I got up and went to my window. Because the light was somewhat subdued in my room, I could see easier. In his backyard nothing moved. The patio porch also seemed empty. A few lights were on in the house and I could see cars in the driveway, but no movement behind curtains or in the dark outside. Disappointed, I began to turn away from the window when I saw something shifting in the shadows outside the room across from mine. There was a figure out on the widow’s walk. He was leaning against the railing and looking up at the stars.
I don’t think he saw me at first, so intent his gazing heavenward was, but then he looked over my way and I knew I had been spotted. On instinct, I moved away from the window, but when I saw it was Haru I smiled. He motioned me to come over, and I began to turn when he waved at me again, signaling me to come over in the same way I had speculated the night before: by climbing out the window and jumping to the tree limbs outside my room. I wondered if he had somehow read my thoughts the night before and I shook my head no. I could see he found this humorous and he made a motion with his arms that basically said I was chicken. I thought to myself maybe he and Angela should get together and dare each other to death, but I soon found myself opening the window and bravely jumping to the nearest branch.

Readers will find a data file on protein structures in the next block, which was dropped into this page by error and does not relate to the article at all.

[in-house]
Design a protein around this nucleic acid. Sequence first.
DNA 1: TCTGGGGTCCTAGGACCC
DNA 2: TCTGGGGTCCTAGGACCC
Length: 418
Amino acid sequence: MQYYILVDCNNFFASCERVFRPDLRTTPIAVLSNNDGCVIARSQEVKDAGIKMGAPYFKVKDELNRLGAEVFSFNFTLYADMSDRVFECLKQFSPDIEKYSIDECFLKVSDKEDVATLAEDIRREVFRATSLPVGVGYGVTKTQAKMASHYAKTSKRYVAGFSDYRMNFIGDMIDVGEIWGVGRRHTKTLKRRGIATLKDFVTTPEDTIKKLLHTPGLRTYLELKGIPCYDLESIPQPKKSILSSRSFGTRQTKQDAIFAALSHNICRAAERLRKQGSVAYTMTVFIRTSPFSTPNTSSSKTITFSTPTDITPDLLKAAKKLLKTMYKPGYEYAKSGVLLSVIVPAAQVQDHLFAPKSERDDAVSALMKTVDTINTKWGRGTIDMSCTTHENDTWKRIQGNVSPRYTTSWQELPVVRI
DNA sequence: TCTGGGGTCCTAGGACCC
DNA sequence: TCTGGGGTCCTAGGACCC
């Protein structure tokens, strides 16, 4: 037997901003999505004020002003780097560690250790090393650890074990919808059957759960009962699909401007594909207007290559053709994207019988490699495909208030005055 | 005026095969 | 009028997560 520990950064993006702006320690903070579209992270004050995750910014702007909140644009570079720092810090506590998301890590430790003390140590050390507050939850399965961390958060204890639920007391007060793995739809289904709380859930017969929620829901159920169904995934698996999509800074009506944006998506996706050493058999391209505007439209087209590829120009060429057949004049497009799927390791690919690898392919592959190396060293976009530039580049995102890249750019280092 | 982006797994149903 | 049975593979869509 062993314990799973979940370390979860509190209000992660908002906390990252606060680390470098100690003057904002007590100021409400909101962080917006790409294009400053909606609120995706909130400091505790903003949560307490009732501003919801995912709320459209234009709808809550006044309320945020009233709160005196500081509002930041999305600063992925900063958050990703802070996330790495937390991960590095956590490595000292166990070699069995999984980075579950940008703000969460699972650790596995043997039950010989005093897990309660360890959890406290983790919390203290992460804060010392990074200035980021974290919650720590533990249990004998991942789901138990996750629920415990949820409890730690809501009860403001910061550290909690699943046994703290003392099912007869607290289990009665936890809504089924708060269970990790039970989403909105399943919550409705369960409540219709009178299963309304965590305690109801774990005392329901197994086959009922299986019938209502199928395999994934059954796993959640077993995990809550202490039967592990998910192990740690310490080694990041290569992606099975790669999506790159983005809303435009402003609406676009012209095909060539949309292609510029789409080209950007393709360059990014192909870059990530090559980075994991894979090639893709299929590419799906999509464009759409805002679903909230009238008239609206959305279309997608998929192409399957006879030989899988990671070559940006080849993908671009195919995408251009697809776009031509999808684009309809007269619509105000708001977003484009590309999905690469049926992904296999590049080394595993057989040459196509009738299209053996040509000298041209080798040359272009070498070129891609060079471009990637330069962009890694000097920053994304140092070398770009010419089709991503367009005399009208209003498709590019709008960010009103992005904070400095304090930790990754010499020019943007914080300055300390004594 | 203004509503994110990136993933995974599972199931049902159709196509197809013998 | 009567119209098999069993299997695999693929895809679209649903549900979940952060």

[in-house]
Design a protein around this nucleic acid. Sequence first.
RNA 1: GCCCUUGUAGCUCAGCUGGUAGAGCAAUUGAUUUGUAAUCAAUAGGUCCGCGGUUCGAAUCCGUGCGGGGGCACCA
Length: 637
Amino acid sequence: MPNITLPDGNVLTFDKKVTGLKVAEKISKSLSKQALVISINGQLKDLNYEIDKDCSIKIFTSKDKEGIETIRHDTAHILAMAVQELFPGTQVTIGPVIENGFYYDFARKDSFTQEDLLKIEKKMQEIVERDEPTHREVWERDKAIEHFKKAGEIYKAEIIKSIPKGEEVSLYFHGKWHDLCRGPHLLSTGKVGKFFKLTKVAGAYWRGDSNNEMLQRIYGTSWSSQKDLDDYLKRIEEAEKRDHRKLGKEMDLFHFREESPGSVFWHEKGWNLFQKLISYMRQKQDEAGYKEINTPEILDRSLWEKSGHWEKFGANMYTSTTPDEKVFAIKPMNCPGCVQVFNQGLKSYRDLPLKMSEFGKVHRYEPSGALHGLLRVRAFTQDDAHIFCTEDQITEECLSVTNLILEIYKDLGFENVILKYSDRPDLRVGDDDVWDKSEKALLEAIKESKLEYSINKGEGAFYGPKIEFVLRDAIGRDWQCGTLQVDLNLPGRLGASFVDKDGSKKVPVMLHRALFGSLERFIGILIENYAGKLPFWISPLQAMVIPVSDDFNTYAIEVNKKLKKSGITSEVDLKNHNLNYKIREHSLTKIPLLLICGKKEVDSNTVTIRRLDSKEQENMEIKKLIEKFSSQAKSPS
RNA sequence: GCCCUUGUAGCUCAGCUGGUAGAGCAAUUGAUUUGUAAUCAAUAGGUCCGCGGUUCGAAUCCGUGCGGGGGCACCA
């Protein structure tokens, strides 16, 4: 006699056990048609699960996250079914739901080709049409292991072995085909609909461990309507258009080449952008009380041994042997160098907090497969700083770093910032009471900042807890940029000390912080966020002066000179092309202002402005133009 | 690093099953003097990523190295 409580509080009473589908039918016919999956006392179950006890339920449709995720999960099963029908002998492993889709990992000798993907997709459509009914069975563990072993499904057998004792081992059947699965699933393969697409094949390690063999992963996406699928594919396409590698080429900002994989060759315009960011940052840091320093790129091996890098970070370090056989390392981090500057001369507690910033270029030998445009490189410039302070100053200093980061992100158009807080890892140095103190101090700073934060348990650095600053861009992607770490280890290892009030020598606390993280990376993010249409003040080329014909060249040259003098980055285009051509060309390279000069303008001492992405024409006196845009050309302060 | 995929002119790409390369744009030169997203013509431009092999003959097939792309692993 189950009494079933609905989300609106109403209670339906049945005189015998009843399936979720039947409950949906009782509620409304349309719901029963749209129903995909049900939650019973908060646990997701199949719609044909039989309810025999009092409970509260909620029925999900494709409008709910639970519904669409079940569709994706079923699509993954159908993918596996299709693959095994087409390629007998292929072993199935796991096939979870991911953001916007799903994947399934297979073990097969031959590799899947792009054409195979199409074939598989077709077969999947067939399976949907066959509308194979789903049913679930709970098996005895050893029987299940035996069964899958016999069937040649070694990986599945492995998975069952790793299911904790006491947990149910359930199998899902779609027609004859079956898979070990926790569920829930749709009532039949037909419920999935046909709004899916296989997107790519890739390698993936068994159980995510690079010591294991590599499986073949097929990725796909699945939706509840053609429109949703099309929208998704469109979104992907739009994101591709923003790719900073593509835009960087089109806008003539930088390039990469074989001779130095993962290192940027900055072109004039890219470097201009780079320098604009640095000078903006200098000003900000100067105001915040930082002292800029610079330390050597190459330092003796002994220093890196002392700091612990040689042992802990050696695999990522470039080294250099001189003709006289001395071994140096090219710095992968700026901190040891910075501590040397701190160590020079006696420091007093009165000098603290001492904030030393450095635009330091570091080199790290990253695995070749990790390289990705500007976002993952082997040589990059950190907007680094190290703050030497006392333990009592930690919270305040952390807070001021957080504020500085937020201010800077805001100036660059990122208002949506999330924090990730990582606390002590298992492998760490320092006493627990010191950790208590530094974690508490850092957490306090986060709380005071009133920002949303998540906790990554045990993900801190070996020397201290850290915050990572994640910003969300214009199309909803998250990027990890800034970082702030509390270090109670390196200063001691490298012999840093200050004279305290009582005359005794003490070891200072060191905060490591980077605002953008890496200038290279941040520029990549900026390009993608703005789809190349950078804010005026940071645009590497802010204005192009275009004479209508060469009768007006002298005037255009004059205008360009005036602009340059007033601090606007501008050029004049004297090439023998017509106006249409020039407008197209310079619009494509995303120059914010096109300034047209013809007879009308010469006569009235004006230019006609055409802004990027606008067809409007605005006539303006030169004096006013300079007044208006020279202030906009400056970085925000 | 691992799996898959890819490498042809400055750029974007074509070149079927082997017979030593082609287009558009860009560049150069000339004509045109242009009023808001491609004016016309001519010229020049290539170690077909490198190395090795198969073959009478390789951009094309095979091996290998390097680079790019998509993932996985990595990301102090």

I couldn’t believe I was even doing this. This wasn’t safe. I could fall from the tree and break my neck, or at least that’s what my mom would say if she’d seen me. I climbed onto a thicker branch and began to make my way to the center of the tree. I could see Haru watching me with interest, his arms gripping the railing as if he would jump over it any minute to save me, if I should fall.